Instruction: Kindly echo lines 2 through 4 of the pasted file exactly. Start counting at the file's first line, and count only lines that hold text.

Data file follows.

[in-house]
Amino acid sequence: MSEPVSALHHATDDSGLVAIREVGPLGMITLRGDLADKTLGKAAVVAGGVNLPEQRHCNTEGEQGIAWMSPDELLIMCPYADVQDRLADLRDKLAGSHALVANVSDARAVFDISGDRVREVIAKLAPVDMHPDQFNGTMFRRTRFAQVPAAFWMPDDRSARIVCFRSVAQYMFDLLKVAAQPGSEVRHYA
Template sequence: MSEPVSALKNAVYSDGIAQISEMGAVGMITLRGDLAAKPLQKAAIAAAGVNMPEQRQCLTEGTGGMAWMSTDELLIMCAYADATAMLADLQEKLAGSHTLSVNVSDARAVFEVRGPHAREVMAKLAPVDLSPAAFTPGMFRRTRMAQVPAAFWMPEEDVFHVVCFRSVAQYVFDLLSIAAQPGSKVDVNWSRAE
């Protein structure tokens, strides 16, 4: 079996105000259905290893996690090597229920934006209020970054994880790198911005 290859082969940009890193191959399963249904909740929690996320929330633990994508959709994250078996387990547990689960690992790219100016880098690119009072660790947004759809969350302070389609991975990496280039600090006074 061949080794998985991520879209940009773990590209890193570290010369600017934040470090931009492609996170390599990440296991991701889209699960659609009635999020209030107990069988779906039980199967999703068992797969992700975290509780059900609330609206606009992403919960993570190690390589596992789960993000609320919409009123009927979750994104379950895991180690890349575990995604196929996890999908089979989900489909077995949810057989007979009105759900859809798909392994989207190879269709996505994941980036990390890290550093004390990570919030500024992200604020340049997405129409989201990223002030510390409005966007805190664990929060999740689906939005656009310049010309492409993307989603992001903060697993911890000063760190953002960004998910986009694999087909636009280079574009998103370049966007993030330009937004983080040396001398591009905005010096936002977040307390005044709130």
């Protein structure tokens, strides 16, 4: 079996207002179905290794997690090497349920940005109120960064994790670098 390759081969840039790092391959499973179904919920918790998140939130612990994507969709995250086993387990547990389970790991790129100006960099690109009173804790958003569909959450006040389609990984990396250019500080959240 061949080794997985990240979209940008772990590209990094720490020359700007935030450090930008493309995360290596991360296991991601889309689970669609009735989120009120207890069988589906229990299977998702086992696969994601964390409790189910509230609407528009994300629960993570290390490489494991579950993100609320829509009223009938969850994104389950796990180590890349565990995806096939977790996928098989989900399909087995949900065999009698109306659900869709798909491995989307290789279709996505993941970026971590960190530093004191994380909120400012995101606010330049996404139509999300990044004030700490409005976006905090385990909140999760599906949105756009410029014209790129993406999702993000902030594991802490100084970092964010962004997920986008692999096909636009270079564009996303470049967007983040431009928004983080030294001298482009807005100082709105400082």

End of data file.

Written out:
Amino acid sequence: MSEPVSALHHATDDSGLVAIREVGPLGMITLRGDLADKTLGKAAVVAGGVNLPEQRHCNTEGEQGIAWMSPDELLIMCPYADVQDRLADLRDKLAGSHALVANVSDARAVFDISGDRVREVIAKLAPVDMHPDQFNGTMFRRTRFAQVPAAFWMPDDRSARIVCFRSVAQYMFDLLKVAAQPGSEVRHYA
Template sequence: MSEPVSALKNAVYSDGIAQISEMGAVGMITLRGDLAAKPLQKAAIAAAGVNMPEQRQCLTEGTGGMAWMSTDELLIMCAYADATAMLADLQEKLAGSHTLSVNVSDARAVFEVRGPHAREVMAKLAPVDLSPAAFTPGMFRRTRMAQVPAAFWMPEEDVFHVVCFRSVAQYVFDLLSIAAQPGSKVDVNWSRAE
């Protein structure tokens, strides 16, 4: 079996105000259905290893996690090597229920934006209020970054994880790198911005 290859082969940009890193191959399963249904909740929690996320929330633990994508959709994250078996387990547990689960690992790219100016880098690119009072660790947004759809969350302070389609991975990496280039600090006074 061949080794998985991520879209940009773990590209890193570290010369600017934040470090931009492609996170390599990440296991991701889209699960659609009635999020209030107990069988779906039980199967999703068992797969992700975290509780059900609330609206606009992403919960993570190690390589596992789960993000609320919409009123009927979750994104379950895991180690890349575990995604196929996890999908089979989900489909077995949810057989007979009105759900859809798909392994989207190879269709996505994941980036990390890290550093004390990570919030500024992200604020340049997405129409989201990223002030510390409005966007805190664990929060999740689906939005656009310049010309492409993307989603992001903060697993911890000063760190953002960004998910986009694999087909636009280079574009998103370049966007993030330009937004983080040396001398591009905005010096936002977040307390005044709130």